VOA: Back to NDAA and assistance for Burma, including the nonlethal assistance for armed resistance groups. Russia might retaliate against the U.S. because the Burmese junta was the very first to support the Russian invasion of Ukraine. Do you think Russia might react?

Chollet: We have seen over the last several years that the relationship between the junta and Moscow has only grown stronger. Russia is the biggest military supporter of the junta. It has been backing the junta in very significant ways. It's something we strongly condemn. And Russia is at a point right now where it's got very few friends in the international community, and it's found that the junta is one of the more reliable friends. That said, we were able to work with our partners in the U.N. Security Council to have a significant resolution passed, the first time the U.N. Security Council had spoken to the issue of Burma since the coup. Russia allowed that Security Council resolution to go forward. And so, we've shown that we can get some things done. But the reality is Russia and the junta are very, very close. I expect they'll remain that way. But that will only cause us to redouble our efforts to support the people of Burma, to work with our like-minded allies in the region and beyond to try to bring about a resolution to this crisis.

VOA: Neighboring countries are crucial for Burma. The military leader Min Aung Hlaing today met with the Thai army chief in the beach resort in Rakhine state. Thailand's role in the Burma crisis is critical because of the exodus of migrants to Thailand. When you visited Thailand together with Secretary Blinken last year, representatives of the National Unity Government and various armed ethnic organizations were not able to meet you because they feared Thai intelligence would find their location. So how do you assess Thailand's role in this conflict?

Chollet: Thailand shares a very, very long border with Burma and is quite concerned about the spillover effects of the instability. We fully understand that Thailand has been a critical partner of us for many, many years, and working to deal with the refugee crisis in Burma and all of its manifestations over decades. Now, we are very close partners and Thailand is an ally of the United States. Thailand is a key partner within ASEAN. So we're working very hard to stay close to our Thai partners as we're working together to try to resolve the situation inside Burma. It's something that we're doing also with our other ASEAN partners, because there's many countries with a lot at stake in Burma's future. And I think the one thing we have been able to accomplish in the years since the coup is by maintaining the strong unity — seeing the unity within ASEAN and then building unity between ASEAN and countries like the United States, Australia, the United Kingdom and others with an interest in a secure and peaceful and democratic Burma.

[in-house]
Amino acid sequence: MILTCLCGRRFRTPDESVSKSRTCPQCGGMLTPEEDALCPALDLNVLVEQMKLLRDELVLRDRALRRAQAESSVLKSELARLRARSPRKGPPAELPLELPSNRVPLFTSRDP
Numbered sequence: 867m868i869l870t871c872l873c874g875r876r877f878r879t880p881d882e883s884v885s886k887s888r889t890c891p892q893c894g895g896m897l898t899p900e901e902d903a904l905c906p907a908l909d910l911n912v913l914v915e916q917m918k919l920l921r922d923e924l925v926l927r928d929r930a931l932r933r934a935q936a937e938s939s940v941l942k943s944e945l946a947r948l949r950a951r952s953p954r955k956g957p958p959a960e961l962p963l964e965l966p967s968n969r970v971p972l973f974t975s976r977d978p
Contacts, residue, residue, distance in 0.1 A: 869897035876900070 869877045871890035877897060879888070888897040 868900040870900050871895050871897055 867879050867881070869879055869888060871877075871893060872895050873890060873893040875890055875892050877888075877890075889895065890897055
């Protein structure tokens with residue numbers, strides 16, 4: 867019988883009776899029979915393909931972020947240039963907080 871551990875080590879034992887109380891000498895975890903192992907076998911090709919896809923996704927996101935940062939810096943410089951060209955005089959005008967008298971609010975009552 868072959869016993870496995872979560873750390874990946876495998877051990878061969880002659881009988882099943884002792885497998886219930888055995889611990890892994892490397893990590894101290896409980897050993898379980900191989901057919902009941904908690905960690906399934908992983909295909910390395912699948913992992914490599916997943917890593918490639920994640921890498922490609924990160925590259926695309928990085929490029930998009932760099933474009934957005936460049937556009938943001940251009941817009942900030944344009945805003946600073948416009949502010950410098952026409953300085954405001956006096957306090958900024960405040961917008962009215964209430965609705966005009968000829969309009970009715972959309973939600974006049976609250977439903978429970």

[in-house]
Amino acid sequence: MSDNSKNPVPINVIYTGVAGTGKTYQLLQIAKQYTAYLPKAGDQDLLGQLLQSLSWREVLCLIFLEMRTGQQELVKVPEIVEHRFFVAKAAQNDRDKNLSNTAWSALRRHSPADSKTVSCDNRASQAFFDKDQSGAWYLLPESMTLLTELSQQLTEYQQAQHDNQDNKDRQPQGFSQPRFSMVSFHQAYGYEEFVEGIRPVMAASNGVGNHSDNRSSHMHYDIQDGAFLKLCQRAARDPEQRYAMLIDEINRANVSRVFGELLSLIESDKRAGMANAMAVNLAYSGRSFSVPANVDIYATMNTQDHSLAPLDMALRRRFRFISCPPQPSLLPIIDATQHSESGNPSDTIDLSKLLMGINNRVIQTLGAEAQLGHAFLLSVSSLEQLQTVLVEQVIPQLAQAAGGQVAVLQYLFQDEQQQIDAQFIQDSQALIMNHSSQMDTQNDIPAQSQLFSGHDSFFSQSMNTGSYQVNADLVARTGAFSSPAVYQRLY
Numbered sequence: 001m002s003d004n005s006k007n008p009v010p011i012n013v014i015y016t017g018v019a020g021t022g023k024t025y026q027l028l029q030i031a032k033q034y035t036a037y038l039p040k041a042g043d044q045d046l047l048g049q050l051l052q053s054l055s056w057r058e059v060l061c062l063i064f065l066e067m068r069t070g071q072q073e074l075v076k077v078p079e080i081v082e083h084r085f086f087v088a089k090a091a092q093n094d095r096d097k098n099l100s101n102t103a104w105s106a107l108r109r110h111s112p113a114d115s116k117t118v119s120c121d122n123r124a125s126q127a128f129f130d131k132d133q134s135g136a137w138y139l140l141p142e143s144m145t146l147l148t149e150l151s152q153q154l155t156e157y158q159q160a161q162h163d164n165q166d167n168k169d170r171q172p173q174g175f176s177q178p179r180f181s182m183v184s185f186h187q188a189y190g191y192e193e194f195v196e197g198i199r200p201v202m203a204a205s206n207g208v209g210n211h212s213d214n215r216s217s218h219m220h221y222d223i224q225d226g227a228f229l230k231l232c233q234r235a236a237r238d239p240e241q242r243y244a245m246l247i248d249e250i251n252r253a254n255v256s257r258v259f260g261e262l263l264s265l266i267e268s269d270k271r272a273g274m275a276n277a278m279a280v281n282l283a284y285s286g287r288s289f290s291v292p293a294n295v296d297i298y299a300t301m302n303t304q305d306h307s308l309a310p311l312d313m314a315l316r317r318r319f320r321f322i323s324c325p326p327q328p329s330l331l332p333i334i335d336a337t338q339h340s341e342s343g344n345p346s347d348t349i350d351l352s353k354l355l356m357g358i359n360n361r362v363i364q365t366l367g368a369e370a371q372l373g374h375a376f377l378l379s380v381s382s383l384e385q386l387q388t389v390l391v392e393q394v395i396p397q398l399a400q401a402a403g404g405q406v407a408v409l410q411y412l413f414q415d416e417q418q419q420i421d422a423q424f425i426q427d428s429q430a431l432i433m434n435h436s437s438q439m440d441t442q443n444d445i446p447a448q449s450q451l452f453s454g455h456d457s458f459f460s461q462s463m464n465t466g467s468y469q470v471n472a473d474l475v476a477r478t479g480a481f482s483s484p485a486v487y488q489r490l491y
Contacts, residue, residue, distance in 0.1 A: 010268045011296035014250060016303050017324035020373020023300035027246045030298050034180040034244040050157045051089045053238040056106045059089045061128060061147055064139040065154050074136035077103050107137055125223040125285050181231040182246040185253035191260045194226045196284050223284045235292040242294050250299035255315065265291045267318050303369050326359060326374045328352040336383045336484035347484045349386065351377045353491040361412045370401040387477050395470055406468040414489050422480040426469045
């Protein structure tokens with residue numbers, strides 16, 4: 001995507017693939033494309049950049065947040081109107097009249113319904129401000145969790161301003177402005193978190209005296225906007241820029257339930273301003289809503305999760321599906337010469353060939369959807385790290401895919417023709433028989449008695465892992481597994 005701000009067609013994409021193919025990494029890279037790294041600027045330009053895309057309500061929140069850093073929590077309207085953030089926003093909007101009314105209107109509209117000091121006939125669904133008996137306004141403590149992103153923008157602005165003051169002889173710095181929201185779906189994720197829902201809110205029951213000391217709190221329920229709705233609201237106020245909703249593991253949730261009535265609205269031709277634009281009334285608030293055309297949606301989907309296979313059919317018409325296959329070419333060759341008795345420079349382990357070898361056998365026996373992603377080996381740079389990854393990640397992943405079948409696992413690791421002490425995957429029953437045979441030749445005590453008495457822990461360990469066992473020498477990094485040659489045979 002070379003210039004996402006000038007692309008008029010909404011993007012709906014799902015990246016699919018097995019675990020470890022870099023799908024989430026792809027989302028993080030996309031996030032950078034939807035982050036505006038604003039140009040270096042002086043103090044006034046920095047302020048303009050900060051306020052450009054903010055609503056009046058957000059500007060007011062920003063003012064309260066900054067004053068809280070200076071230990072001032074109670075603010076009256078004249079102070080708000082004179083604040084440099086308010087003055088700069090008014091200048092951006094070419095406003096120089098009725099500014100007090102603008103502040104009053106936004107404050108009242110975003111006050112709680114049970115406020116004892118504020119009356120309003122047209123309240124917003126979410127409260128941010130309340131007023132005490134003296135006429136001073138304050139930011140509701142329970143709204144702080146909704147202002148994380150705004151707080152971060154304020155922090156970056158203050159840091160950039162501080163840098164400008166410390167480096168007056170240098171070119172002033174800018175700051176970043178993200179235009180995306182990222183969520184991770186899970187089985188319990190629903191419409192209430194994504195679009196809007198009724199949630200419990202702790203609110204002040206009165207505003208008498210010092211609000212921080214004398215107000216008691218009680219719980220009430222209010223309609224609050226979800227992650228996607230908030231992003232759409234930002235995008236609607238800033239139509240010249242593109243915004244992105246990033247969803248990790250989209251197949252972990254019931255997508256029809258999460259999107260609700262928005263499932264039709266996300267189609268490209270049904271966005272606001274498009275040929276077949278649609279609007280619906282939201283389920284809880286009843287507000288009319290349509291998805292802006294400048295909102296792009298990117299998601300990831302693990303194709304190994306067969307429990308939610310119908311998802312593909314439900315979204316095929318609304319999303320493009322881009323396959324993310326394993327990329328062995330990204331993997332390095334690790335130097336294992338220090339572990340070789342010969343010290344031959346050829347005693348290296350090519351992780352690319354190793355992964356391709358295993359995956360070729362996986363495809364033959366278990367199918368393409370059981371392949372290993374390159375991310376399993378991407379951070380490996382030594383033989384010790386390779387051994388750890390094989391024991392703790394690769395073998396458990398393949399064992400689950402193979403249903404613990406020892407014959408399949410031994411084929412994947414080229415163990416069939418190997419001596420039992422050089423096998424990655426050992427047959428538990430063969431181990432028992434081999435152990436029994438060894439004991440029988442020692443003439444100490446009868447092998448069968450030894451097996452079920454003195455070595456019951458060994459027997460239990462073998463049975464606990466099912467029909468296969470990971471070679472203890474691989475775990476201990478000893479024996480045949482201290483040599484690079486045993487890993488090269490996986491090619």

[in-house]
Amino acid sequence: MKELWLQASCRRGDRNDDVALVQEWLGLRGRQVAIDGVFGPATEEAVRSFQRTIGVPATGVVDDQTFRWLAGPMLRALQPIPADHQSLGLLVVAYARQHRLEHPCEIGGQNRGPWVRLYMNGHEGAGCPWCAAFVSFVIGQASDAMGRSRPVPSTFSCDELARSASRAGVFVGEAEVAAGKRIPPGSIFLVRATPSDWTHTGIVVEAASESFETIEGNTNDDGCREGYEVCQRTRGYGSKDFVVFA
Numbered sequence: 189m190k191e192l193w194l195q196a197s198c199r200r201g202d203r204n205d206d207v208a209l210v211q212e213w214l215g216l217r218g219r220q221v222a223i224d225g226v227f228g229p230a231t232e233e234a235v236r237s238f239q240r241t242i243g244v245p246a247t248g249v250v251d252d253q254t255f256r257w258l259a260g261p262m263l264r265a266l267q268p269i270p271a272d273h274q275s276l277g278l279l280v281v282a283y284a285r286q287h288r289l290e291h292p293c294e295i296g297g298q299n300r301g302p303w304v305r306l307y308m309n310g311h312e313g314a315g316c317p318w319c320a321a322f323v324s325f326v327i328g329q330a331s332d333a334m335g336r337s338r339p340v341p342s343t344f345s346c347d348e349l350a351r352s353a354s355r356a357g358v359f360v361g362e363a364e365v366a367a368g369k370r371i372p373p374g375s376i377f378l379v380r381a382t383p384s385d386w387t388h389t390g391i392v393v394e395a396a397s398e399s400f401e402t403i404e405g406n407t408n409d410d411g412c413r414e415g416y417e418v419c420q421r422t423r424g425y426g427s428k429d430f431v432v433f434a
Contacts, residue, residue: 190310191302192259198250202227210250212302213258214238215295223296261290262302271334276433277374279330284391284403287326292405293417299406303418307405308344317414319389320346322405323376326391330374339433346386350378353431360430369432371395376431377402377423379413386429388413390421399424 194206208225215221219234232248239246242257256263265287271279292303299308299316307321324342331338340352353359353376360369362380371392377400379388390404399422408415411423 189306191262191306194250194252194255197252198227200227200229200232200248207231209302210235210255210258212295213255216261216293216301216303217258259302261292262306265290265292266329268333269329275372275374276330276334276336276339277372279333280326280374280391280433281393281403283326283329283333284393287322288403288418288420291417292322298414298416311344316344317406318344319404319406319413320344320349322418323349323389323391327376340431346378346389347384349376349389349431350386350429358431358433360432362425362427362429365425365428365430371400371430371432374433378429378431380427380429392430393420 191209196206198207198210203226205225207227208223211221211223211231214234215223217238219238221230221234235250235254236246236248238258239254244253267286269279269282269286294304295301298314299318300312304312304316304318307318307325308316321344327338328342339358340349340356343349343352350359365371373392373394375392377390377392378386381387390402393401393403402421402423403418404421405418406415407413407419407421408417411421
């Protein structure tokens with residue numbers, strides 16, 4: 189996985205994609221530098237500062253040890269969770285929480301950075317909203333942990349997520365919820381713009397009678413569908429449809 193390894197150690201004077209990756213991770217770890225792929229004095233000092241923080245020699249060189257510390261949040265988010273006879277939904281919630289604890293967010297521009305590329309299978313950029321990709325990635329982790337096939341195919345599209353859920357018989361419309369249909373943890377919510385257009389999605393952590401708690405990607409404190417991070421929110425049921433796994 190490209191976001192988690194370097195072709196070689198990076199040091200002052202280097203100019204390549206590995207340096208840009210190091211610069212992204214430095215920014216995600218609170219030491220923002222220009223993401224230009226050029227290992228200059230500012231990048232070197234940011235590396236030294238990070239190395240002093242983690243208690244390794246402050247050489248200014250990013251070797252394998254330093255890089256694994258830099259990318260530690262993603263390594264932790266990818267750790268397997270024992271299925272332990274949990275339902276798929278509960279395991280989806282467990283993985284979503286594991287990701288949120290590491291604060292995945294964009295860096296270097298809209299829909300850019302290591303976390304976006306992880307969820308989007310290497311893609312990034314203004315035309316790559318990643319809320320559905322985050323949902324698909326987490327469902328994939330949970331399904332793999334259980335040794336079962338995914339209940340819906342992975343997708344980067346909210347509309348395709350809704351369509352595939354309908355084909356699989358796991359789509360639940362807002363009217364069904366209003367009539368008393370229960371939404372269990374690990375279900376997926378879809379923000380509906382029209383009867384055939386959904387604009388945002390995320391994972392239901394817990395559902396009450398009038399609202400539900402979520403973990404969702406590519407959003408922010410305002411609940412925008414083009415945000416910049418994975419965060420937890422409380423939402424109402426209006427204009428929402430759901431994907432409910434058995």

VOA: Secretary Blinken urged the international community to reject the sham elections that the junta is going to hold. And then yesterday the military spokesperson confirmed they are going to hold a National Security Council meeting at the end of this month, and they are going to set the election date. I don’t know how they are going to do it, because the military regime’s state of emergency expires at the end of this month.

Chollet: Look, our position hasn't changed. These elections have no chance of being free and fair. It's a transparent attempt to try to legitimize what the junta has done and try to create an offramp somehow for its coup. Our view is very simple. There was an election that was deemed free and fair. It was in November of 2020. The junta did not like the outcome of that election, which is why they did what they did on February 1, 2021. They don't control up to 50% of the territory right now. It's unclear how they could even hold elections. You can't have a free and fair election when you're jailing every significant opposition, when you're committing atrocities, when you're shutting down a free press. So, we should drop any pretense that if they were to hold an election— and they probably will try to hold one — that it would be free and fair.

This story originated in VOA's Burmese Service.

Editor's note: An earlier version of this story misstated the year of the junta taking power in Myanmar. VOA regrets the error.

Recommended

XS
SM
MD
LG